I graduated as Valedictorian of Penncrest High School in 1960. Ours was the second graduating class of the newly built school. There are some things that I said in my valedictory address that I still believe. I talked about the need for science to be both relevant and sensitive to the needs of humanity and I emphasized the importance of a balanced life. I am still happiest when I can do research that others can apply widely and when my days have some time for ice dancing or skiing, cultural activities, traveling, and being with my wife and children.
My four years at Williams College were filled with fun, growing up, and more science. I decided to call myself "Rob" as it was more masculine and mature. I still use this today. I majored in Physics, joined the Beta Theta Pi fraternity, and played more lacrosse. In my sophomore year, I was named to the All American Team as a lacrosse goalie, which was quite a thrill. By senior year I was nominated to Phi Beta Kappa. Another delight was roaming all over the countryside going to the women's colleges looking for dates and parties on the weekends! I seemed to have one close girlfriend each year. Some of my best friends were made in the fraternity house although tragically, two of them, Stan Allen and Dave Kershaw, died young. They would have hooted with pleasure over the Nobel honor.
Academically, I started Physics and Math at the sophomore level since I had done advanced work and lots of outside reading in high school. A small event happened in my senior year that would have great consequences. I could take one more elective to finish out my courses. I almost took the religion course that everyone said was great, but I decided instead to try Introductory Economics. My roommate, Walt Nicholson, and many of my fraternity brothers were economics majors and spent hours discussing economic issues. I loved the course. It was interesting and came easily to me. Who could have predicted that this one elective would later serve as the catalyst that changed the course of my life?
During my senior year, my advisors in Physics encouraged me to apply to graduate school. It seemed natural since I had always dreamed of being a scientist. But something was lacking. I was losing my passion for physics. I did finally apply at the last minute and was accepted at Cornell and UC Berkeley. I called to accept Berkeley, but it was lunchtime. By the time they called back, my advisors had suggested I go to the famous labs at Cornell and so I did, following in my father's footsteps. I graduated from Williams Cum Laude with Highest Honors in Physics and went off to Ithaca, New York.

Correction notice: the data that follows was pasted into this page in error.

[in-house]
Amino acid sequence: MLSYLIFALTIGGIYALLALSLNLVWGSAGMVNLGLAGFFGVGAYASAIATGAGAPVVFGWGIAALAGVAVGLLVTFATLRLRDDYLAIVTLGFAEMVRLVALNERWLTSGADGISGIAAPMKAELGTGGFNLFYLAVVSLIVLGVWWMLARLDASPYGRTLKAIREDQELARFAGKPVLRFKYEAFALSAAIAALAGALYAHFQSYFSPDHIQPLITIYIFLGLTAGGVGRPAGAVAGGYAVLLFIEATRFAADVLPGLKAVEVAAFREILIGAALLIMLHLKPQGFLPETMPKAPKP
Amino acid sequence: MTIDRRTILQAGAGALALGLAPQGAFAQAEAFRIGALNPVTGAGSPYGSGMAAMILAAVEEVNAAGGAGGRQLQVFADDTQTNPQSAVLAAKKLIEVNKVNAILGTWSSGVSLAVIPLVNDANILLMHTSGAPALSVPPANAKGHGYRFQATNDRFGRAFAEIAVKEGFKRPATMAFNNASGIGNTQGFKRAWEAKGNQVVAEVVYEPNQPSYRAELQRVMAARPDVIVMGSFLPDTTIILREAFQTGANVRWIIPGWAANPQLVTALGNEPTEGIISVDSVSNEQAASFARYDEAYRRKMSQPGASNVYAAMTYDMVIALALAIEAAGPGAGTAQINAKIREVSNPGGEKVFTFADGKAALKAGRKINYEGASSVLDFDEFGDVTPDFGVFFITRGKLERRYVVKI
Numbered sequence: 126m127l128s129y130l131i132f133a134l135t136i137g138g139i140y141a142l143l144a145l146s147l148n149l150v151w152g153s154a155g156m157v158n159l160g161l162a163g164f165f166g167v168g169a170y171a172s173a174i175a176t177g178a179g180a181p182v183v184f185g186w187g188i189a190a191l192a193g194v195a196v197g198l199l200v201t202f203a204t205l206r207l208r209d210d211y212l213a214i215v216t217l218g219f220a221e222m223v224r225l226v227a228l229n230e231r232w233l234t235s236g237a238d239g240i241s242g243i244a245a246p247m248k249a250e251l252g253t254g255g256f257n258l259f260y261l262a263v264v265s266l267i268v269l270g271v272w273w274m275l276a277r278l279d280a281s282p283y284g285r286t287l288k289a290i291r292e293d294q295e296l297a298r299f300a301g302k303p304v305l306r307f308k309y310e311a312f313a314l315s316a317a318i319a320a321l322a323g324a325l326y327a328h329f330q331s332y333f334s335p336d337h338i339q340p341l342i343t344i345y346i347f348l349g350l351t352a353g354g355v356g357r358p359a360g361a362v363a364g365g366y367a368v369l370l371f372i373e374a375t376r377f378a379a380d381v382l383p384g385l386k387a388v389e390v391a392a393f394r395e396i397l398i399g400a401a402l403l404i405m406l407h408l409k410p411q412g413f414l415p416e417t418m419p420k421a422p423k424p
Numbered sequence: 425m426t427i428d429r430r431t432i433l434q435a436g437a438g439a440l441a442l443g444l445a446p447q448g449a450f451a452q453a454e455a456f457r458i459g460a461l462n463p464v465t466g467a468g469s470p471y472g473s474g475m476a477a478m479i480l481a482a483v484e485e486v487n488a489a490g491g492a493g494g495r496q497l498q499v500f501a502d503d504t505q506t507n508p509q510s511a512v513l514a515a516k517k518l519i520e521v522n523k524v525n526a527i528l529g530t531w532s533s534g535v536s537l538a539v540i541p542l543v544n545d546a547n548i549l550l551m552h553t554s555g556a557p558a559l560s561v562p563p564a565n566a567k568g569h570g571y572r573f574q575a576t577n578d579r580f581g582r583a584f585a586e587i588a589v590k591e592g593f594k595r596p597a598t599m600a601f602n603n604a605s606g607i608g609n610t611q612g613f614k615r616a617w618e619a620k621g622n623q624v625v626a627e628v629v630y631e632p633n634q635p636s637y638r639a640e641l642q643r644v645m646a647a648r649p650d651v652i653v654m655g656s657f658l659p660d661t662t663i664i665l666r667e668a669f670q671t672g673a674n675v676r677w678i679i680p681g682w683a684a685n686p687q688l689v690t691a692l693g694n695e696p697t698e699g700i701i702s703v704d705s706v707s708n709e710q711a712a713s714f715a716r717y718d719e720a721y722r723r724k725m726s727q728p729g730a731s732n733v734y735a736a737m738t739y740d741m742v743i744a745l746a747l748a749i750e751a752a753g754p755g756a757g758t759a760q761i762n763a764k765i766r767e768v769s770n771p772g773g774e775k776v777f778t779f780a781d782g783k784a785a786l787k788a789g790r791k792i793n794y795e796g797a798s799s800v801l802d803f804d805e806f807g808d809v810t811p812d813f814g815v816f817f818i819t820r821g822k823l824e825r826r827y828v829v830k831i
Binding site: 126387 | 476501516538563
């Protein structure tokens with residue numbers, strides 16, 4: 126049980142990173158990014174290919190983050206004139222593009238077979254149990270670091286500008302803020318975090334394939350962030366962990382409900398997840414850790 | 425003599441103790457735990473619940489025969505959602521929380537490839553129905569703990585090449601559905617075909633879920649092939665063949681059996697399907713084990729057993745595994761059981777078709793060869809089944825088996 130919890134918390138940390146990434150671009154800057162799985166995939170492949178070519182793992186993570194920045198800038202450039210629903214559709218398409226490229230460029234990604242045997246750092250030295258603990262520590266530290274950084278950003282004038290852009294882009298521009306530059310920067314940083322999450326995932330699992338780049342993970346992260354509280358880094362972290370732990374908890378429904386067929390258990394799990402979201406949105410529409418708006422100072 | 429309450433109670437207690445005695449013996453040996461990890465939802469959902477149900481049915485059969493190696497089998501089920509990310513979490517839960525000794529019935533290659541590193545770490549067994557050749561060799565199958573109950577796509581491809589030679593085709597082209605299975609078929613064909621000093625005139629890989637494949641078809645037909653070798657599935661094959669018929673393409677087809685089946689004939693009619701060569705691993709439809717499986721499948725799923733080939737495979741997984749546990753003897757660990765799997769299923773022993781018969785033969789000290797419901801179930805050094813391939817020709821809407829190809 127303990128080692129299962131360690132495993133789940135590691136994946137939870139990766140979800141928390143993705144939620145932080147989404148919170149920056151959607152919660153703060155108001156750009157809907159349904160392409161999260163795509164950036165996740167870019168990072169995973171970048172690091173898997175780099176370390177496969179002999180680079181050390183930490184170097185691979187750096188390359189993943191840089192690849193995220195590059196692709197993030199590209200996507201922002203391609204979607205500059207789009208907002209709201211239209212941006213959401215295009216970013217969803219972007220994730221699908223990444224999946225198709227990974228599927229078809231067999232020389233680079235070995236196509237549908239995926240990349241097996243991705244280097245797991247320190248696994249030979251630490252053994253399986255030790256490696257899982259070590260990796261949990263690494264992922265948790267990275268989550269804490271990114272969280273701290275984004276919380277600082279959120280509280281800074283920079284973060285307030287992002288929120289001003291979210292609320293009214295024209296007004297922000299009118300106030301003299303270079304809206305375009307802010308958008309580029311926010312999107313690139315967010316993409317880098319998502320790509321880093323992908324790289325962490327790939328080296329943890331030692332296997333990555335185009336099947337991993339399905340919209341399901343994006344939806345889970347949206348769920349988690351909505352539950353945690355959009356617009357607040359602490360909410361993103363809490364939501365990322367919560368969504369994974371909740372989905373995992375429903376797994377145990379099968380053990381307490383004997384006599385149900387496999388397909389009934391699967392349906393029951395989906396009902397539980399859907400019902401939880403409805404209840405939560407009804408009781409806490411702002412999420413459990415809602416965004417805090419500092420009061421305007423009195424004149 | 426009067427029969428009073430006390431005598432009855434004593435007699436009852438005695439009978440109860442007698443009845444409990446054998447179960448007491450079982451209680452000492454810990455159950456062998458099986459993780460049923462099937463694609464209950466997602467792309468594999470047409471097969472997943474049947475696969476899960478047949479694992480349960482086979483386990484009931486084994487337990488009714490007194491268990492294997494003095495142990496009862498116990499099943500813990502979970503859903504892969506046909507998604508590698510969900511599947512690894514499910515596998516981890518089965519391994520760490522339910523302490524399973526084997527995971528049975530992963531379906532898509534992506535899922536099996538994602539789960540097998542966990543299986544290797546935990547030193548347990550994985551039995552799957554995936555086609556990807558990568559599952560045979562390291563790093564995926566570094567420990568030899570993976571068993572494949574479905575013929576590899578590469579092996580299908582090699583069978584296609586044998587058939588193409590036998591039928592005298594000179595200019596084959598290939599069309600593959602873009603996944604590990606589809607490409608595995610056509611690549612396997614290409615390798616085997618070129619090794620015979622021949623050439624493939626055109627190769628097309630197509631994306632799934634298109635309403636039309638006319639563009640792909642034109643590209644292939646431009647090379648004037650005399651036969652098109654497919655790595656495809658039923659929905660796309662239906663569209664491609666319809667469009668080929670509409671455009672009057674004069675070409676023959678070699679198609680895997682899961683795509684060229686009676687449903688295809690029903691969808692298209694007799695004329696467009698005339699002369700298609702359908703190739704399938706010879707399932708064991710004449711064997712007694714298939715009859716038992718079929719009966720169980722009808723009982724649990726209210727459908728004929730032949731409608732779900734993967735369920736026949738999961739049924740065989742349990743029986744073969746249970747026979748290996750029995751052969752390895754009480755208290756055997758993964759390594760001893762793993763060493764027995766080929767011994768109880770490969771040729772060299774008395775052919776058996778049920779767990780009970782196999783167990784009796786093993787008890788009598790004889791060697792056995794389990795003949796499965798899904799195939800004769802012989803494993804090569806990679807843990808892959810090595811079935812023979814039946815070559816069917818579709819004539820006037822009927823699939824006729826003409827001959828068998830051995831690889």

Graduate school had its own pleasures. I lived initially in Sage Hall, which was the graduate student dorm. It was wonderful to be on campus with both men and women. I began to date a girl who was an ice skater who took me to the Cornell Figure Skating Club to learn ice dancing. I was very pleased to be in an environment with families and skaters of all ages. As a child my father tried to get me to skate with him, but I had no interest. Now, I needed a new sport since my lacrosse days were over. Ice-skating began to look like a lot of fun. Men are always in short supply in ice dancing so there were plenty of talented pretty girls to help teach me. There was also Eddie Collins, a former Canadian competitor, who took me on as student. The girl friend quit the club and me, but I have enjoyed ice dancing since then.
I worked in Professor Watt Webb's lab doing low temperature physics and studied quantum mechanics from Nobel Laureate Hans Bethe. Watt Webb was a great advisor with lots of insight and creativity and the study of super-conductivity was certainly exciting. However by mid-year, I realized that I did not want to spend the rest of my life as a physicist. Physics wasn't what I expected, or maybe, what I expected was what I realized I did not want anymore. Working in the bowels of a building on projects that interested very few people in the world held less interest for me. After agonizing over these feelings and talking to my friends, I approached Alfred Kahn, chairman of the Economics department at Cornell. I asked if his department would be interested in considering me for their Ph.D. program. Serendipitously, he said that an NDEA fellowship had just become available because the intended recipient had turned it down. He offered it to me but said that I needed to make an immediate decision or they would offer it to someone else. My head spinning, I accepted the offer. Now, I had to tell my father and Professor Webb. Both were supportive but with heavy hearts. My father had trained me to be a scientist and now I was leaving for one of those "soft" science fields. At that point, neither he nor I realized how important all that scientific training would be in my contributions to economics.